Time to Get Serious About Product Stewardship

The RPA challenges the material handling industry to support sustainability and extended producer responsibility.

The Reusable Packaging Association's (RPA) board of directors has adopted an official policy supporting product stewardship and extended producer responsibility (EPR). The RPA is embracing this important issue because our goal is to promote the value and expansion of reusable materials as preferred packaging solutions across supply chains, private or public.

Product stewardship, as defined by the U.S. Environmental Protection Agency (EPA), is a product-centered approach to environmental protection. Also known as EPR, “product stewardship calls on those in the product life cycle — manufacturers, retailers, users and disposers — to share responsibility for reducing the environmental impacts of products.” The primary role and responsibility is placed with the producer to make development and marketing decisions that will reduce the environmental footprint of their products.

In support of EPA's efforts, many state and local jurisdictions have worked together to establish the following five framework principles for product stewardship:

  1. Producer responsibility;
  2. Shared responsibilities with retail, government and consumer participants;
  3. Governance of activities;
  4. Financing of programs;
  5. Environmental considerations.

This issue of producer responsibility is just emerging; however, it is steadily gaining support. Just recently, for instance, the Maine Merchant's Association voiced its support for the EPR framework legislation that is now awaiting the Governor's signature in that state. In Canada, legislation is gaining ground in various provinces, while EPR has already become prevalent in Europe.

EPR is a long-term issue that will be discussed and developed over time. However, we believe it is important to take a position now and voice our willingness as an association to be involved in discussions and help shape legislation as it is developed.

We support these principles because it is the first step in establishing a common public policy, or framework, to discuss and debate the best ways to handle the resources used for moving products in commerce. We think this shared common goal can benefit manufacturers of packaging products, the consumers who benefit from the packaged products and government entities that must manage the waste that is generated.

Understanding how best to use and manage our natural resources and limit waste, while still delivering the products and services that make us one of the most productive societies in the world, is indeed a challenge. We know that designing and creating reusable products from whatever materials are deemed most appropriate for a particular application, and managing these products throughout their lifecycles, is both good business and consistent with good product stewardship.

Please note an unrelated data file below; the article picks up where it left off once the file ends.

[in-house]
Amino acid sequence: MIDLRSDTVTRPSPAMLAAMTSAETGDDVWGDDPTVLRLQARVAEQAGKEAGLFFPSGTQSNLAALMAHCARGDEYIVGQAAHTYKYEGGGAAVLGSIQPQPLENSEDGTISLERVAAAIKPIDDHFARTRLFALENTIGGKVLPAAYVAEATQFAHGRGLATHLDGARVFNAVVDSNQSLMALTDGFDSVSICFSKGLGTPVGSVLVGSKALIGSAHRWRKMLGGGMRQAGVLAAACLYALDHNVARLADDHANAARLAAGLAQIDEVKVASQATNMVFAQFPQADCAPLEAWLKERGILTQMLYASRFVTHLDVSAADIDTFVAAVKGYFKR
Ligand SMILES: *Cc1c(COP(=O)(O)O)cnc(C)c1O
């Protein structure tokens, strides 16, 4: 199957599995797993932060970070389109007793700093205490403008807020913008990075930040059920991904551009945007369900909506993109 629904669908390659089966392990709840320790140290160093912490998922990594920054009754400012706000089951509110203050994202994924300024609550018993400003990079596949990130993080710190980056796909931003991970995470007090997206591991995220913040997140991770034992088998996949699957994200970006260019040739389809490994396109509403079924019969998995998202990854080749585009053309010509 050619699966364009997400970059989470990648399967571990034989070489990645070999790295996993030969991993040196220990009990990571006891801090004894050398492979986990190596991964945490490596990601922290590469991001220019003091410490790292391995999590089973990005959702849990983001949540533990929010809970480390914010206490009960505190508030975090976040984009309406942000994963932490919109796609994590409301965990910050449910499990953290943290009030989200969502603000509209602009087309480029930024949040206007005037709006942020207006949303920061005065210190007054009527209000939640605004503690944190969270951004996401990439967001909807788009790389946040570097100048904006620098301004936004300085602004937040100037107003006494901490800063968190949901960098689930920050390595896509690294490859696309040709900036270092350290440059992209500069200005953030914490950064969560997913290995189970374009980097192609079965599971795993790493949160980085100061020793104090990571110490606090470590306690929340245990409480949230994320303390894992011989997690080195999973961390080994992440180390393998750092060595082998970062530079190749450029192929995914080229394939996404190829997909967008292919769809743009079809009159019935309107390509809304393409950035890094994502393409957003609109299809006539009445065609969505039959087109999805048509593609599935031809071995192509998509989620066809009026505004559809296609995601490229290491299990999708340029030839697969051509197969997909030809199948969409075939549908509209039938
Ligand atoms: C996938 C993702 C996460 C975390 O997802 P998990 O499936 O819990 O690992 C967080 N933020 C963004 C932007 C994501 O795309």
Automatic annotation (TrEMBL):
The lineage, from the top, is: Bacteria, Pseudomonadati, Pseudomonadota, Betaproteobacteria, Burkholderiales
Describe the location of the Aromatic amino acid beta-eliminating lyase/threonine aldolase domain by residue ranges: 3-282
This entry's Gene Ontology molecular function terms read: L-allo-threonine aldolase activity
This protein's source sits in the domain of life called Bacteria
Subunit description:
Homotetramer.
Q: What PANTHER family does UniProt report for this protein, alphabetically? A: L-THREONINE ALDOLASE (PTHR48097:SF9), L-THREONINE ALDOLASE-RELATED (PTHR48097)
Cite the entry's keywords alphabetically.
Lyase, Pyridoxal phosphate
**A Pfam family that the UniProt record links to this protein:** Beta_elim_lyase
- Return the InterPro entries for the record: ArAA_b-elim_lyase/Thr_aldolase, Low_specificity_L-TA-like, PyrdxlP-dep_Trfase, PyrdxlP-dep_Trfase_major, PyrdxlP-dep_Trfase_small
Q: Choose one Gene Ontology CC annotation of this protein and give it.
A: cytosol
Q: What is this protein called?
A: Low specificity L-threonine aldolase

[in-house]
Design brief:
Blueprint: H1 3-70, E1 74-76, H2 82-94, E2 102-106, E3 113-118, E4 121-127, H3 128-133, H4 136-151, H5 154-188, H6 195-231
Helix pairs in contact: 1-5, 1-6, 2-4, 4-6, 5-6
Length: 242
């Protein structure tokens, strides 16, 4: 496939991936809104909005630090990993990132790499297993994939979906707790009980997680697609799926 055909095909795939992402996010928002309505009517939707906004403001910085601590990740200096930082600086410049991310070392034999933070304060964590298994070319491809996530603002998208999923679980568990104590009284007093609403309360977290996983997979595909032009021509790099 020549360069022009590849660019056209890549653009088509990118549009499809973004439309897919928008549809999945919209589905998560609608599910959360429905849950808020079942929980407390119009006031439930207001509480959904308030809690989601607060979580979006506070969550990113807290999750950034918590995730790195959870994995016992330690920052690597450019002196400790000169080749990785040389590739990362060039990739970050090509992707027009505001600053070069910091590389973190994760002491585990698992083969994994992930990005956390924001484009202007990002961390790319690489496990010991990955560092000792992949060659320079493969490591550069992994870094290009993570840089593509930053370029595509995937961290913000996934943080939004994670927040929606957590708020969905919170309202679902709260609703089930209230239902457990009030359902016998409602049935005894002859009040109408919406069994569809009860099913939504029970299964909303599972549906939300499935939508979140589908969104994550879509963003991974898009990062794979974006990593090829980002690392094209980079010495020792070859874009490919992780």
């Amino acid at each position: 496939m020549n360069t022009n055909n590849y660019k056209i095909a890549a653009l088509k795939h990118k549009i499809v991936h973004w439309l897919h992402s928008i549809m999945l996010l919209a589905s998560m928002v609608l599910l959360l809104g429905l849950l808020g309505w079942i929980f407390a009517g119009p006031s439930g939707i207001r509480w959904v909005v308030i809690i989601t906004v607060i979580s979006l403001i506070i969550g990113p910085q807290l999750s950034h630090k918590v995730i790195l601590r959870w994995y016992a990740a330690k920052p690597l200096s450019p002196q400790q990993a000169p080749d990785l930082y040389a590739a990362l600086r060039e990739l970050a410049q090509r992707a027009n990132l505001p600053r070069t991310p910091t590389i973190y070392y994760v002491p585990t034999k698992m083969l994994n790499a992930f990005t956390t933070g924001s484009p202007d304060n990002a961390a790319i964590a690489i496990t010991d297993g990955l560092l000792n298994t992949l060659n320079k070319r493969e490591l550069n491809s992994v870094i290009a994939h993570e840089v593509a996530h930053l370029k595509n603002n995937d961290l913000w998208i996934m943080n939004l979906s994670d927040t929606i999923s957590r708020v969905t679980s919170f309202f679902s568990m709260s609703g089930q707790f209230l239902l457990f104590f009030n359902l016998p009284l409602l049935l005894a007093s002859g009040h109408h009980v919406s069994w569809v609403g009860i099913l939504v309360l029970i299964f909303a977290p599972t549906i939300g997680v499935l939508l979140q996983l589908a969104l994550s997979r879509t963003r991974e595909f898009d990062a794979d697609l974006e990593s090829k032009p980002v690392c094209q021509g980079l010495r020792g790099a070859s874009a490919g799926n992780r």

As an industry, we stake our economic viability on the belief that products should have multiple uses, should be recoverable, and when their usefulness comes to an end, they should be recycled to create a new product. As an association, we also believe reusable packaging is consistent with the framework principles for product stewardship.

One of the drivers behind EPR is to shift the responsibility of dealing with waste away from municipalities and government to the producers. EPR is based on the idea that manufacturers can create packaging that is less wasteful and easier to recycle. Government entities are putting manufacturers on alert that they need to start making significant changes in their packaging. The member companies of the RPA are already addressing this issue by embracing reusable packaging. We are already taking packaging back into the supply chain for reuse, rather than sending it to landfills.

Having entered this debate, we do, however, have one caveat. As federal, state and local governments move to embrace these principles in laws and regulation, we think it is both practical and prudent to review each approach on a case-by-case basis. The ultimate goal here is not to raise revenue nor punish the manufacturers of the packaging that is so critical to our economic sustainability. Rather, it is to create a sustainable strategy that does not hamper the efficient flow of products and services in commerce and a common policy that rewards innovative approaches and discourages those that waste resources and damage the environment.

We need to continually remind consumers, legislators and others that packaging is a necessity. It is essential for moving goods throughout the supply chain and into the hands of the consumer. Effective packaging actually reduces waste by protecting products that would otherwise end up in landfills if they were damaged. Pitting one side against the other in this debate is not in the best interests of our economy or our children's future. Seeking working solutions to the very real problems of waste and environmental degradation are at the very root of this debate.

Reusable packaging is a part of the solution and should be part of any company's sustainable packaging strategy. It's not the only solution, but it does deserve a closer look in the discussion of how to move forward. Recently, for instance, the RPA joined the California Product Stewardship Council as a partner by signing a pledge of support and adopting their principles of stewardship.

We don't think it makes good business sense to stand on the sidelines and let others influence our future without being part of the discussion. We hope this ongoing discussion spurs further innovations and solutions that are critical to creating a sustainable economic future.


Jon Kalin is chairman of the board of the Reusable Packaging Association, as well as sales and marketing manager for Rehrig Pacific Co., a plastic pallet and container manufacturer.
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